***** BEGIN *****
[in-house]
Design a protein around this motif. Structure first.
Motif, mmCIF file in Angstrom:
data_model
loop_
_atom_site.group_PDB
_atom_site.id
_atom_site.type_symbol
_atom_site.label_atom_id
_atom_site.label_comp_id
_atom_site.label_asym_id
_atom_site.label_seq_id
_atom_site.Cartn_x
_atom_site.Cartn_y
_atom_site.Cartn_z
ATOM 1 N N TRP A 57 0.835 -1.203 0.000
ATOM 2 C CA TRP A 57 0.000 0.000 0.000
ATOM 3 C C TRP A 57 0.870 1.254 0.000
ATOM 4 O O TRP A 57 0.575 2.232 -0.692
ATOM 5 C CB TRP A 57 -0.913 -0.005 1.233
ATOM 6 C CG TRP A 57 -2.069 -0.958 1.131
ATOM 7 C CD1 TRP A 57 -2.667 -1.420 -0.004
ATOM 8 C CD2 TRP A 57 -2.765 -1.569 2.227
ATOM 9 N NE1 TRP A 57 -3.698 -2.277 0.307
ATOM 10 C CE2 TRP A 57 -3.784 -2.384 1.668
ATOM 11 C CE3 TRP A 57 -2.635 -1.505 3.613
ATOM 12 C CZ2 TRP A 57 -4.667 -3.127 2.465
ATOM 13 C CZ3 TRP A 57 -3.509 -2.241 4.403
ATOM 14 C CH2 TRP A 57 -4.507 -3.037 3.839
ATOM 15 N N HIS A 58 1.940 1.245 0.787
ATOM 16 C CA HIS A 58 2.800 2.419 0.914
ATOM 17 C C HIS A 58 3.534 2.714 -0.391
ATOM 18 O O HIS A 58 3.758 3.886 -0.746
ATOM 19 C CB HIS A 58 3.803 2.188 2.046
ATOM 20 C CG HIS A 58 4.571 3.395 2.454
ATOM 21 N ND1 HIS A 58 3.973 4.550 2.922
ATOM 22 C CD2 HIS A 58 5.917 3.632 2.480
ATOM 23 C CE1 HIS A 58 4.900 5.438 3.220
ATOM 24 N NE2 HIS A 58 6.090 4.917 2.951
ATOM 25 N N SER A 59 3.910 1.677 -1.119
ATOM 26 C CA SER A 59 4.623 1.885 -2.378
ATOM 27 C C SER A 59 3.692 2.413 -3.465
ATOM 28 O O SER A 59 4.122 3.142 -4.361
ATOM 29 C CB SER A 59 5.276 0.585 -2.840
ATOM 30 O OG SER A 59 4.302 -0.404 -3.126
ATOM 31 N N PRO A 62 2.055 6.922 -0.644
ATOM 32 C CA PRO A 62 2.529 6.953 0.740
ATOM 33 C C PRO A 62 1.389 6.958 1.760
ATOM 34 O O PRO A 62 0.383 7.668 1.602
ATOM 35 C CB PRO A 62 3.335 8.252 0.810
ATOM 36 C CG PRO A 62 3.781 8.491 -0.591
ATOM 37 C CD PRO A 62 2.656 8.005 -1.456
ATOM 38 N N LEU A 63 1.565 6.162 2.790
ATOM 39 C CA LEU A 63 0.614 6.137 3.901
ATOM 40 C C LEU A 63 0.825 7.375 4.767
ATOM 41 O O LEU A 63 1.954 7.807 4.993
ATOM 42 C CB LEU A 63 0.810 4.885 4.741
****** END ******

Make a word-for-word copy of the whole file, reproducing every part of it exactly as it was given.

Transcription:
[in-house]
Design a protein around this motif. Structure first.
Motif, mmCIF file in Angstrom:
data_model
loop_
_atom_site.group_PDB
_atom_site.id
_atom_site.type_symbol
_atom_site.label_atom_id
_atom_site.label_comp_id
_atom_site.label_asym_id
_atom_site.label_seq_id
_atom_site.Cartn_x
_atom_site.Cartn_y
_atom_site.Cartn_z
ATOM 1 N N TRP A 57 0.835 -1.203 0.000
ATOM 2 C CA TRP A 57 0.000 0.000 0.000
ATOM 3 C C TRP A 57 0.870 1.254 0.000
ATOM 4 O O TRP A 57 0.575 2.232 -0.692
ATOM 5 C CB TRP A 57 -0.913 -0.005 1.233
ATOM 6 C CG TRP A 57 -2.069 -0.958 1.131
ATOM 7 C CD1 TRP A 57 -2.667 -1.420 -0.004
ATOM 8 C CD2 TRP A 57 -2.765 -1.569 2.227
ATOM 9 N NE1 TRP A 57 -3.698 -2.277 0.307
ATOM 10 C CE2 TRP A 57 -3.784 -2.384 1.668
ATOM 11 C CE3 TRP A 57 -2.635 -1.505 3.613
ATOM 12 C CZ2 TRP A 57 -4.667 -3.127 2.465
ATOM 13 C CZ3 TRP A 57 -3.509 -2.241 4.403
ATOM 14 C CH2 TRP A 57 -4.507 -3.037 3.839
ATOM 15 N N HIS A 58 1.940 1.245 0.787
ATOM 16 C CA HIS A 58 2.800 2.419 0.914
ATOM 17 C C HIS A 58 3.534 2.714 -0.391
ATOM 18 O O HIS A 58 3.758 3.886 -0.746
ATOM 19 C CB HIS A 58 3.803 2.188 2.046
ATOM 20 C CG HIS A 58 4.571 3.395 2.454
ATOM 21 N ND1 HIS A 58 3.973 4.550 2.922
ATOM 22 C CD2 HIS A 58 5.917 3.632 2.480
ATOM 23 C CE1 HIS A 58 4.900 5.438 3.220
ATOM 24 N NE2 HIS A 58 6.090 4.917 2.951
ATOM 25 N N SER A 59 3.910 1.677 -1.119
ATOM 26 C CA SER A 59 4.623 1.885 -2.378
ATOM 27 C C SER A 59 3.692 2.413 -3.465
ATOM 28 O O SER A 59 4.122 3.142 -4.361
ATOM 29 C CB SER A 59 5.276 0.585 -2.840
ATOM 30 O OG SER A 59 4.302 -0.404 -3.126
ATOM 31 N N PRO A 62 2.055 6.922 -0.644
ATOM 32 C CA PRO A 62 2.529 6.953 0.740
ATOM 33 C C PRO A 62 1.389 6.958 1.760
ATOM 34 O O PRO A 62 0.383 7.668 1.602
ATOM 35 C CB PRO A 62 3.335 8.252 0.810
ATOM 36 C CG PRO A 62 3.781 8.491 -0.591
ATOM 37 C CD PRO A 62 2.656 8.005 -1.456
ATOM 38 N N LEU A 63 1.565 6.162 2.790
ATOM 39 C CA LEU A 63 0.614 6.137 3.901
ATOM 40 C C LEU A 63 0.825 7.375 4.767
ATOM 41 O O LEU A 63 1.954 7.807 4.993
ATOM 42 C CB LEU A 63 0.810 4.885 4.741